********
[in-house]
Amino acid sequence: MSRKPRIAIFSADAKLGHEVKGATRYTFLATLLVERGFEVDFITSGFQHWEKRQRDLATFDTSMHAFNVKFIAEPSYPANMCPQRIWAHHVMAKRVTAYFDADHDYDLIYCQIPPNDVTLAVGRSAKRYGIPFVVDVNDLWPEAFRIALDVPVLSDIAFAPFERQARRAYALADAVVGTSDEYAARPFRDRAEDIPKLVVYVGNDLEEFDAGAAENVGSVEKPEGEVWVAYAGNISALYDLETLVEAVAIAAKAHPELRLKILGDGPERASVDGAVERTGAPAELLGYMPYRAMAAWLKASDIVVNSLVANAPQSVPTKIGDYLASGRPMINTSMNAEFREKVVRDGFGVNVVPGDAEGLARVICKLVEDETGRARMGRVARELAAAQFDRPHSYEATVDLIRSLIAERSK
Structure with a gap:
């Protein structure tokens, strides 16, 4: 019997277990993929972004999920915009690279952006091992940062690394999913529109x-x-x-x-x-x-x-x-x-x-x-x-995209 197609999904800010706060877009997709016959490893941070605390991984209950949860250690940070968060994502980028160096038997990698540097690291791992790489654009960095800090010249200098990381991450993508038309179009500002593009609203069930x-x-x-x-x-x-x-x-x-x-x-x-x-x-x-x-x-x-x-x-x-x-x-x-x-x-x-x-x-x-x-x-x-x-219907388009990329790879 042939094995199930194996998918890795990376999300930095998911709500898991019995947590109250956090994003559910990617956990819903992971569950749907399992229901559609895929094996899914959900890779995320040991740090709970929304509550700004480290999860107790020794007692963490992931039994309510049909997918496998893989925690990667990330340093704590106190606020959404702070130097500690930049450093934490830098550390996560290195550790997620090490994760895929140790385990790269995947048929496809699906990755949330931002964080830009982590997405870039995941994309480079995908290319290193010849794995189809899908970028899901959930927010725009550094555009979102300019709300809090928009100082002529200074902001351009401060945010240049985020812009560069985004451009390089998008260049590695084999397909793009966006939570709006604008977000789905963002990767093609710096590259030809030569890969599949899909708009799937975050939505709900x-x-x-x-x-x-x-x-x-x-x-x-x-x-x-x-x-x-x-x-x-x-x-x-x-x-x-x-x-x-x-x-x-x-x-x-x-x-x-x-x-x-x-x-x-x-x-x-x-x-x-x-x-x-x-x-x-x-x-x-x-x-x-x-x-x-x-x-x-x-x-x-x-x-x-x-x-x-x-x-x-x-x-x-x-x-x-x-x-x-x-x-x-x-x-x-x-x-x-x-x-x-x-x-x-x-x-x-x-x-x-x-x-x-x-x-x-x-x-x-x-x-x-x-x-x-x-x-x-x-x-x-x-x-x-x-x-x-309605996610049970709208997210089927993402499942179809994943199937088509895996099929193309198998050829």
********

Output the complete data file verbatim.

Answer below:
[in-house]
Amino acid sequence: MSRKPRIAIFSADAKLGHEVKGATRYTFLATLLVERGFEVDFITSGFQHWEKRQRDLATFDTSMHAFNVKFIAEPSYPANMCPQRIWAHHVMAKRVTAYFDADHDYDLIYCQIPPNDVTLAVGRSAKRYGIPFVVDVNDLWPEAFRIALDVPVLSDIAFAPFERQARRAYALADAVVGTSDEYAARPFRDRAEDIPKLVVYVGNDLEEFDAGAAENVGSVEKPEGEVWVAYAGNISALYDLETLVEAVAIAAKAHPELRLKILGDGPERASVDGAVERTGAPAELLGYMPYRAMAAWLKASDIVVNSLVANAPQSVPTKIGDYLASGRPMINTSMNAEFREKVVRDGFGVNVVPGDAEGLARVICKLVEDETGRARMGRVARELAAAQFDRPHSYEATVDLIRSLIAERSK
Structure with a gap:
């Protein structure tokens, strides 16, 4: 019997277990993929972004999920915009690279952006091992940062690394999913529109x-x-x-x-x-x-x-x-x-x-x-x-995209 197609999904800010706060877009997709016959490893941070605390991984209950949860250690940070968060994502980028160096038997990698540097690291791992790489654009960095800090010249200098990381991450993508038309179009500002593009609203069930x-x-x-x-x-x-x-x-x-x-x-x-x-x-x-x-x-x-x-x-x-x-x-x-x-x-x-x-x-x-x-x-x-x-219907388009990329790879 042939094995199930194996998918890795990376999300930095998911709500898991019995947590109250956090994003559910990617956990819903992971569950749907399992229901559609895929094996899914959900890779995320040991740090709970929304509550700004480290999860107790020794007692963490992931039994309510049909997918496998893989925690990667990330340093704590106190606020959404702070130097500690930049450093934490830098550390996560290195550790997620090490994760895929140790385990790269995947048929496809699906990755949330931002964080830009982590997405870039995941994309480079995908290319290193010849794995189809899908970028899901959930927010725009550094555009979102300019709300809090928009100082002529200074902001351009401060945010240049985020812009560069985004451009390089998008260049590695084999397909793009966006939570709006604008977000789905963002990767093609710096590259030809030569890969599949899909708009799937975050939505709900x-x-x-x-x-x-x-x-x-x-x-x-x-x-x-x-x-x-x-x-x-x-x-x-x-x-x-x-x-x-x-x-x-x-x-x-x-x-x-x-x-x-x-x-x-x-x-x-x-x-x-x-x-x-x-x-x-x-x-x-x-x-x-x-x-x-x-x-x-x-x-x-x-x-x-x-x-x-x-x-x-x-x-x-x-x-x-x-x-x-x-x-x-x-x-x-x-x-x-x-x-x-x-x-x-x-x-x-x-x-x-x-x-x-x-x-x-x-x-x-x-x-x-x-x-x-x-x-x-x-x-x-x-x-x-x-x-x-309605996610049970709208997210089927993402499942179809994943199937088509895996099929193309198998050829």